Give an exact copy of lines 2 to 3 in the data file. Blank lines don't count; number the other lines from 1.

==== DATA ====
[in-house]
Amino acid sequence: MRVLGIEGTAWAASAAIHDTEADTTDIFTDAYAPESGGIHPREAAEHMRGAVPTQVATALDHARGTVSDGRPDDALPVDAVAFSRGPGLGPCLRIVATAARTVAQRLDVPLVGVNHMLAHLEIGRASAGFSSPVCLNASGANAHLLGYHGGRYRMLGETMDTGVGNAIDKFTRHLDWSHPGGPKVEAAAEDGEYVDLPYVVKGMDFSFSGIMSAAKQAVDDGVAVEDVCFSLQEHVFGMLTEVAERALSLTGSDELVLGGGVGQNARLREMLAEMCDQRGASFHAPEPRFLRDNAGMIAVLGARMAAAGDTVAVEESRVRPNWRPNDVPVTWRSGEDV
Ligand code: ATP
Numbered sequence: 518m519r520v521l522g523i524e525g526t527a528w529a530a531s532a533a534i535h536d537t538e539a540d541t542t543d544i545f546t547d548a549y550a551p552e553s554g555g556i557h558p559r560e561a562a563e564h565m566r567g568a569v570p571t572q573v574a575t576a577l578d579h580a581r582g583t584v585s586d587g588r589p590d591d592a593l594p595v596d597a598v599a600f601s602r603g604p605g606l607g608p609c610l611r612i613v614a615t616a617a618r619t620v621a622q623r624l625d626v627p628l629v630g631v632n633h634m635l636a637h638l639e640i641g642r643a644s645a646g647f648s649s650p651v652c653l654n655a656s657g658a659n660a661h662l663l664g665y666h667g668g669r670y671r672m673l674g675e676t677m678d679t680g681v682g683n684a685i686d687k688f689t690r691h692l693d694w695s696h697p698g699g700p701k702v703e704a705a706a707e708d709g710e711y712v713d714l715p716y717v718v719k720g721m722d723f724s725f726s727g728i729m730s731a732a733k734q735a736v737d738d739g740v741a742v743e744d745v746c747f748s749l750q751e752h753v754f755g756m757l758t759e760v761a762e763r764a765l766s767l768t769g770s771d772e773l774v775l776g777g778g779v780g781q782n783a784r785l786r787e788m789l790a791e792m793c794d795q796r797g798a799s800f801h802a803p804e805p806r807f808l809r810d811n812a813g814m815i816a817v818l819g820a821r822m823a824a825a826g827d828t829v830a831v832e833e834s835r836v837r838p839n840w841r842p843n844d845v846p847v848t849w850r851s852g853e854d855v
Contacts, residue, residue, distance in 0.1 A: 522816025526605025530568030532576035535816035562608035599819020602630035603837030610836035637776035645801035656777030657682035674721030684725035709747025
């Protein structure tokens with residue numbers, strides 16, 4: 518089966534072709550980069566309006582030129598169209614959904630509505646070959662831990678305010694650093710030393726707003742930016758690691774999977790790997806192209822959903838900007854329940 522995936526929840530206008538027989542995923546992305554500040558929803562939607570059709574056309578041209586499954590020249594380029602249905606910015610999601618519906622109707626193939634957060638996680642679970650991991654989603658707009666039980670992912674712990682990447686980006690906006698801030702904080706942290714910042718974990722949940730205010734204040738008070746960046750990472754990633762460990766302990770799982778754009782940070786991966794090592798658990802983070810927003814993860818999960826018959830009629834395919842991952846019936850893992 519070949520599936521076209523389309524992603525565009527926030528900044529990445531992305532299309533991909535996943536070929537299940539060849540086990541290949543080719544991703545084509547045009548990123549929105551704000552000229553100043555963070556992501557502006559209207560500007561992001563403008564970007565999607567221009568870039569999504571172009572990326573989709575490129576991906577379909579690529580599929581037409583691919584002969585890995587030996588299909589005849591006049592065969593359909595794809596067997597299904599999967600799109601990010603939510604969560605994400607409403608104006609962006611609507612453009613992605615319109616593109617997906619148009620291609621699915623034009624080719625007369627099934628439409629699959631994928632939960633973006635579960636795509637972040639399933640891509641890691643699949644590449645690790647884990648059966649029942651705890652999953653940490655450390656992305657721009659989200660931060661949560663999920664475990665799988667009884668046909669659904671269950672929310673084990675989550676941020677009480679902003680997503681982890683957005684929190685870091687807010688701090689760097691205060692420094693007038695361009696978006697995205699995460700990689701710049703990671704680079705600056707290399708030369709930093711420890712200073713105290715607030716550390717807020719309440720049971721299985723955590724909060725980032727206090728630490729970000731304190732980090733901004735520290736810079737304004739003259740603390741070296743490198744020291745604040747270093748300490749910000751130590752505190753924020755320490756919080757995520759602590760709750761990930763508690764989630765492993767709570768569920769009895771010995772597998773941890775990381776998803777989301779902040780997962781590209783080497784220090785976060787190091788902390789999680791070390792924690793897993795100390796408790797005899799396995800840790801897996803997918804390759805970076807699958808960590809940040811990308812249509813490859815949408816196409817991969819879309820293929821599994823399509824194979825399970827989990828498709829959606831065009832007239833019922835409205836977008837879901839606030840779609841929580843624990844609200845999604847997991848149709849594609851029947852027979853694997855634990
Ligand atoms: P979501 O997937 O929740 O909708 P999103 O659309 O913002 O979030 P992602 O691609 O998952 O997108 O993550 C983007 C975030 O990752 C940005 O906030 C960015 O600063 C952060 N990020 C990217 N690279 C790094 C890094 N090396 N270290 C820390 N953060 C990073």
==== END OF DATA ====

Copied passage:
Amino acid sequence: MRVLGIEGTAWAASAAIHDTEADTTDIFTDAYAPESGGIHPREAAEHMRGAVPTQVATALDHARGTVSDGRPDDALPVDAVAFSRGPGLGPCLRIVATAARTVAQRLDVPLVGVNHMLAHLEIGRASAGFSSPVCLNASGANAHLLGYHGGRYRMLGETMDTGVGNAIDKFTRHLDWSHPGGPKVEAAAEDGEYVDLPYVVKGMDFSFSGIMSAAKQAVDDGVAVEDVCFSLQEHVFGMLTEVAERALSLTGSDELVLGGGVGQNARLREMLAEMCDQRGASFHAPEPRFLRDNAGMIAVLGARMAAAGDTVAVEESRVRPNWRPNDVPVTWRSGEDV
Ligand code: ATP